We also found that specific spatial variables strongly affected the birds’ Perpendicular string performance; shorter strings were more conducive to learning than were longer strings. Longer strings not only entail a greater spatial distance between the choice button and the dish, but they also require more pecks and more time to earn food. So, distance, effort, and time may have contributed to our pigeons’ choice behavior. In addition, not all Nonperpendicular string arrangements were created equal; those patterns in which both dishes and both response options were misaligned (Crossed) were more challenging for the pigeons to learn than those patterns in which one dish and one response option were misaligned (Convergent, Divergent, or Parallel).

All of the above patterned-string effects were measured over many trials and considerable periods of time thereby permitting us to properly assess their statistical reliability. It would have been difficult at best to conduct similar investigations with conventional patterned-string training methods. We therefore believe that there may be special merits to investigating patterned-string performance in the virtual world of a computerized touch screen environment.

Of course, it would be reassuring if our many detailed findings with virtual stimuli can be reproduced with actual stimuli. On this score, Schmidt and Cook (2006) have found that pigeons can—over some 300 differentially reinforced discrimination training trials—learn to retrieve a full dish of food by pulling the ribbon to which it was attached in preference to another ribbon that was detached from a second full dish of food by a visible gap. These continuous and discontinuous ribbons were placed in Parallel Slanted Noncollinear alignment with two full food dishes, whereas only one of our two virtual dishes was full and there were no gaps in our virtual strings. Still, the work of Schmidt and Cook (2006) proves that pigeons too can solve actual patterned-string tasks and suggests that these animals are suitable subjects for further study.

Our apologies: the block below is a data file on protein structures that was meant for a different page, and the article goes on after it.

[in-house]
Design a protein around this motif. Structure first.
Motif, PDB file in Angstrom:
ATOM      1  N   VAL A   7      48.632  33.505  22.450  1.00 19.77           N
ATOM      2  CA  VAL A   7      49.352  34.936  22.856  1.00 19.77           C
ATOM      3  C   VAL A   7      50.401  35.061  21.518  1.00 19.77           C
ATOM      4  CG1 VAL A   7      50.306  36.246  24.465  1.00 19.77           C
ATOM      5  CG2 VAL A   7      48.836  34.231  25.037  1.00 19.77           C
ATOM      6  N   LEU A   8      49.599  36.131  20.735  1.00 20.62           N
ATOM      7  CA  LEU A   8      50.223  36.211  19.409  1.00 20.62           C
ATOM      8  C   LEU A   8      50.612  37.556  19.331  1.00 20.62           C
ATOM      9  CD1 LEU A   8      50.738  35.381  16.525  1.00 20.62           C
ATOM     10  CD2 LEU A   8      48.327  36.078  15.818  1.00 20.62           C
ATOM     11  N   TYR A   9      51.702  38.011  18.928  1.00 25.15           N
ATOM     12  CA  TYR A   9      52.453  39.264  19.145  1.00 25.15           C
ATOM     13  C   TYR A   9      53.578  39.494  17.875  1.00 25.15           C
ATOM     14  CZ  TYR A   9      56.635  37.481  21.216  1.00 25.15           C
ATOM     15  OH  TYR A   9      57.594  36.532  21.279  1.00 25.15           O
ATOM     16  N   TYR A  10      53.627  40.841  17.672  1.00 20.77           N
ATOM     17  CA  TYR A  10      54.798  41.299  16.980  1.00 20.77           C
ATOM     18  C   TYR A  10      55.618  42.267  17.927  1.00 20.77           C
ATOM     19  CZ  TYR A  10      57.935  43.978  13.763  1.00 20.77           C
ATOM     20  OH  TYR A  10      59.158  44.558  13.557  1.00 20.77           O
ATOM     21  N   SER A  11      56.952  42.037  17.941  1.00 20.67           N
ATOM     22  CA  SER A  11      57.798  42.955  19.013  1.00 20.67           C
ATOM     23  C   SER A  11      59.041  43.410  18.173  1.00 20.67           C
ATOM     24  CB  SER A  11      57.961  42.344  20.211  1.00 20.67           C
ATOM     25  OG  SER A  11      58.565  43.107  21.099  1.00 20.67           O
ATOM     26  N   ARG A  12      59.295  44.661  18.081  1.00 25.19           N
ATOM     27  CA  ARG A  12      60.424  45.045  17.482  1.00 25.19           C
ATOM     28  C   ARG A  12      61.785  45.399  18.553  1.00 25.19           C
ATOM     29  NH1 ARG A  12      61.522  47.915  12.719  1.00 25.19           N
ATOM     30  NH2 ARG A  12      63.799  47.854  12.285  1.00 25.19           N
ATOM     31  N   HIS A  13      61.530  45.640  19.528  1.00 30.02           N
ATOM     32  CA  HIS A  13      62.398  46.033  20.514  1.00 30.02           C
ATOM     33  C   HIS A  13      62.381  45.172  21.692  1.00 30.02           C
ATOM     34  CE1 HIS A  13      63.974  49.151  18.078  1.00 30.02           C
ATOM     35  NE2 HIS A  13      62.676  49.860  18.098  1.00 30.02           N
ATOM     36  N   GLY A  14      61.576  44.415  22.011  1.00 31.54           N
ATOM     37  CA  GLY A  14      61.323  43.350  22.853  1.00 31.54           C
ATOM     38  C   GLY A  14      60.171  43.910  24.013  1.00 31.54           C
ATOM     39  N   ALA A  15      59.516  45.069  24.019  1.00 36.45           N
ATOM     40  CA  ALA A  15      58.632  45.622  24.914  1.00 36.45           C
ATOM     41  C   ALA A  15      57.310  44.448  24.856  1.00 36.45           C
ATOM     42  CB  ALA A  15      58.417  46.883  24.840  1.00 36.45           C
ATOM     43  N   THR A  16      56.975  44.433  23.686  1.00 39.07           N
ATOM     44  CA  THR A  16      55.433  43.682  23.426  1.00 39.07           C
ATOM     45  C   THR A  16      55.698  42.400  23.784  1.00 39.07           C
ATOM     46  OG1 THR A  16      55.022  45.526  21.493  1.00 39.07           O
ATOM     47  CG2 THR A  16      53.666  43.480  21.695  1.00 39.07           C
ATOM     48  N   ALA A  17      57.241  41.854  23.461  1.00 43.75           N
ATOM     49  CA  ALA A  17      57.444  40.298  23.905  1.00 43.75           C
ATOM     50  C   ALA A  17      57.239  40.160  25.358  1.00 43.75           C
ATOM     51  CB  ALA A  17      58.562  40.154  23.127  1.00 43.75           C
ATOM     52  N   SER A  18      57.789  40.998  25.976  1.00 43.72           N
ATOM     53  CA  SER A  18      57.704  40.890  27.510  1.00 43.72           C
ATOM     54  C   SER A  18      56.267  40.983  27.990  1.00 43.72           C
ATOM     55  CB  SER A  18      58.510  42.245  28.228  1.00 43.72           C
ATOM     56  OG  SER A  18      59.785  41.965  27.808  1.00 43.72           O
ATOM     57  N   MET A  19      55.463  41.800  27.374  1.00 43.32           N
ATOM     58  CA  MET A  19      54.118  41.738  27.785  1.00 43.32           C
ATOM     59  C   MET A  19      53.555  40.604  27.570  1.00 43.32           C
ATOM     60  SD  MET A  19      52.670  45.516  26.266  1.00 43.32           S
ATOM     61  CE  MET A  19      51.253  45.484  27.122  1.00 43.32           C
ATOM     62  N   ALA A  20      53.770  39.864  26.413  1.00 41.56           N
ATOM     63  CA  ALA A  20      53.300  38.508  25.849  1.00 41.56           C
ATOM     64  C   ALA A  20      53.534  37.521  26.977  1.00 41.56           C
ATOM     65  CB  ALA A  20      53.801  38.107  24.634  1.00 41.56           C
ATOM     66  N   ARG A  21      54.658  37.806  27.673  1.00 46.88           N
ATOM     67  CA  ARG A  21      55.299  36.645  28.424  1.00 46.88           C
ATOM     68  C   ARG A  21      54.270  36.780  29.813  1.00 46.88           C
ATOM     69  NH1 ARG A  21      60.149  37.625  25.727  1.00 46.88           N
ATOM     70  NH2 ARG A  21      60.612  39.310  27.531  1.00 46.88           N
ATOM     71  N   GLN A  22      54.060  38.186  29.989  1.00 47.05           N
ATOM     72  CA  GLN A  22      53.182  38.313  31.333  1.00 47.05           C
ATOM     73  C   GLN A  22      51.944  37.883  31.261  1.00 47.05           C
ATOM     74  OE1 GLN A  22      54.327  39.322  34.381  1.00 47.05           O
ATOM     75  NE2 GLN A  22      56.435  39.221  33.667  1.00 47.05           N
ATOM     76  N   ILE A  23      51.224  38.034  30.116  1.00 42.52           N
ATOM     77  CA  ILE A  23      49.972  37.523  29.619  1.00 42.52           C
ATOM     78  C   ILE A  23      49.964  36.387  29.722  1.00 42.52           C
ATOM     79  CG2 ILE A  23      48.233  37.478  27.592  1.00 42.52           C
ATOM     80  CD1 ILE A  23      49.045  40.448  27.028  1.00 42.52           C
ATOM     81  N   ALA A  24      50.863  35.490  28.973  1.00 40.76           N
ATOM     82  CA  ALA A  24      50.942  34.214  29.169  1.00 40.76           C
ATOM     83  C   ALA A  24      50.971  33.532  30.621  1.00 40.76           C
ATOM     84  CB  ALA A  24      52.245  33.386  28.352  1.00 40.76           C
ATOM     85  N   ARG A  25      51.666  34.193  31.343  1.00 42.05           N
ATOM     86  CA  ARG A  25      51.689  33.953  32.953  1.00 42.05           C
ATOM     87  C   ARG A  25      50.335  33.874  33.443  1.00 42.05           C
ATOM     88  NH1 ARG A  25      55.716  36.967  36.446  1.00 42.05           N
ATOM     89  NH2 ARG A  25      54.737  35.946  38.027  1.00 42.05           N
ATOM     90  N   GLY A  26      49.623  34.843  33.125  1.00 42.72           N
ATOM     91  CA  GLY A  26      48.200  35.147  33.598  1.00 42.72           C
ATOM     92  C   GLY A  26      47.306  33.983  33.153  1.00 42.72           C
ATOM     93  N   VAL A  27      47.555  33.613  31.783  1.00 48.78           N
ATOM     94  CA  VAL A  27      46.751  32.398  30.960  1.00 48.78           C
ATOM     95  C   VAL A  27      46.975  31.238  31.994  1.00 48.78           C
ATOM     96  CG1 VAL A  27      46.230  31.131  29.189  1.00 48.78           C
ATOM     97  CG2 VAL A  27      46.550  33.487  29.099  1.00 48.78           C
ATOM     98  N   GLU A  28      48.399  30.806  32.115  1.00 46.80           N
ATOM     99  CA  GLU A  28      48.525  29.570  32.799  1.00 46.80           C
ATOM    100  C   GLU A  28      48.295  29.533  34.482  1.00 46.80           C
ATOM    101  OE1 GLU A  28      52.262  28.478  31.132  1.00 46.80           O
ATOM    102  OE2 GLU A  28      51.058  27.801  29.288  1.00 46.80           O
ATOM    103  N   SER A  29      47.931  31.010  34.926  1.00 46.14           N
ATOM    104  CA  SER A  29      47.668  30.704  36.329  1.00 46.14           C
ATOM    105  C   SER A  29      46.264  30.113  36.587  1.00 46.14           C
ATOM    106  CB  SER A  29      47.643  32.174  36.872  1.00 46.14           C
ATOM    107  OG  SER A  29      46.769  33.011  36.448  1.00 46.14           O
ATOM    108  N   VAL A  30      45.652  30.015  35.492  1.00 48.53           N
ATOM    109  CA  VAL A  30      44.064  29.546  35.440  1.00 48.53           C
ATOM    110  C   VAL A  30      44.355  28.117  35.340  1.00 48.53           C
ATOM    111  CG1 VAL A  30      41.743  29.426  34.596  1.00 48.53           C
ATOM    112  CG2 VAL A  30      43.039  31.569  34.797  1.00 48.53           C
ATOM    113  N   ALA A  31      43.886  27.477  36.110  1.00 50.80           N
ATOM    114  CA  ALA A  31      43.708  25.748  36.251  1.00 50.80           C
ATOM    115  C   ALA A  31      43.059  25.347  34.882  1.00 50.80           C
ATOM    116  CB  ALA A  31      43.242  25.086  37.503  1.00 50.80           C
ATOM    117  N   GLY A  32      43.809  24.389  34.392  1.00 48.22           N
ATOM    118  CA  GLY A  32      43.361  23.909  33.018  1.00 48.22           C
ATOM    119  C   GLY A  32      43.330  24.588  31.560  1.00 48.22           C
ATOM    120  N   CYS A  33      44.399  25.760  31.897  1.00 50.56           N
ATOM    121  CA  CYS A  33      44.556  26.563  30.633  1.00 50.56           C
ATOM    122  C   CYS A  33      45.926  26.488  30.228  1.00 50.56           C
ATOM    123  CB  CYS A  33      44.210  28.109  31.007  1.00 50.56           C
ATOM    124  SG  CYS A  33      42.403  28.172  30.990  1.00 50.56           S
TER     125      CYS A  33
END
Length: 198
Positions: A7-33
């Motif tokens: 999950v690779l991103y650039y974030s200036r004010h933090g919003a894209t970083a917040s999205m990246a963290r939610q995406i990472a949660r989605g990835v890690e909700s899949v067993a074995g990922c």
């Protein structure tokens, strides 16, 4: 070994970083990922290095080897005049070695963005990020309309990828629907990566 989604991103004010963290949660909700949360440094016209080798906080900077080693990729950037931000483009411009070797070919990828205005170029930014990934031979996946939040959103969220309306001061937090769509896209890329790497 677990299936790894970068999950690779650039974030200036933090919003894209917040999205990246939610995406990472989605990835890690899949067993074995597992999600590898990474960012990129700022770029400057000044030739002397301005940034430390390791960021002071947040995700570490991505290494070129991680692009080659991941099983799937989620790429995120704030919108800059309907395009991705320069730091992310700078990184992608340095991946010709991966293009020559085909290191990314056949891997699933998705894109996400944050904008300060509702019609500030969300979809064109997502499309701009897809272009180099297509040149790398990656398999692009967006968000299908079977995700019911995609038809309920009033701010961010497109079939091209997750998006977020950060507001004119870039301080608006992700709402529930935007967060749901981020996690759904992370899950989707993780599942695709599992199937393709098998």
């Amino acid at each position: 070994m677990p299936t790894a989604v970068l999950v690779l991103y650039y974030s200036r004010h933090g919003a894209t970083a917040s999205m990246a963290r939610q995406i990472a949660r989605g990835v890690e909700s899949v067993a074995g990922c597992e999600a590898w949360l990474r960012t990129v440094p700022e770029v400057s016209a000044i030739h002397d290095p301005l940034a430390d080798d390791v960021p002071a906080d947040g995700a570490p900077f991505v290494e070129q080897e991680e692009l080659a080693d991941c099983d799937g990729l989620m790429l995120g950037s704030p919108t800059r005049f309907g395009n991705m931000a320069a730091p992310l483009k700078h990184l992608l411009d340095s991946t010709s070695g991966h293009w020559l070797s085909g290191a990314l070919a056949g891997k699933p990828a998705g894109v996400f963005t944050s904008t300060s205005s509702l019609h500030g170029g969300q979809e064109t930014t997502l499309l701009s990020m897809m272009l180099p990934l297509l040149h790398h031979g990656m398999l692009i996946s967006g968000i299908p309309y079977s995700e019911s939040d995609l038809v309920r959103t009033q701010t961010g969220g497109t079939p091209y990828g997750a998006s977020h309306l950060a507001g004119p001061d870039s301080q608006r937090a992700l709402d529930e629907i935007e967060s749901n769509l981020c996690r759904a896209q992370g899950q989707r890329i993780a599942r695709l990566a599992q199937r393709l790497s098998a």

Another benefit of our virtual patterned-string task methodology is its amenability to evaluating the role of prior experience in choice performance. In this first effort to assess the fidelity of our virtual touch screen technique to actual string methods, we sequentially exposed pigeons to virtual patterned-string problems of purportedly different levels of difficulty, just as had Harlow and Settlage (1934) with monkeys. One might expect such easy-to-hard training to help pigeons master tasks of increasing levels of difficulty.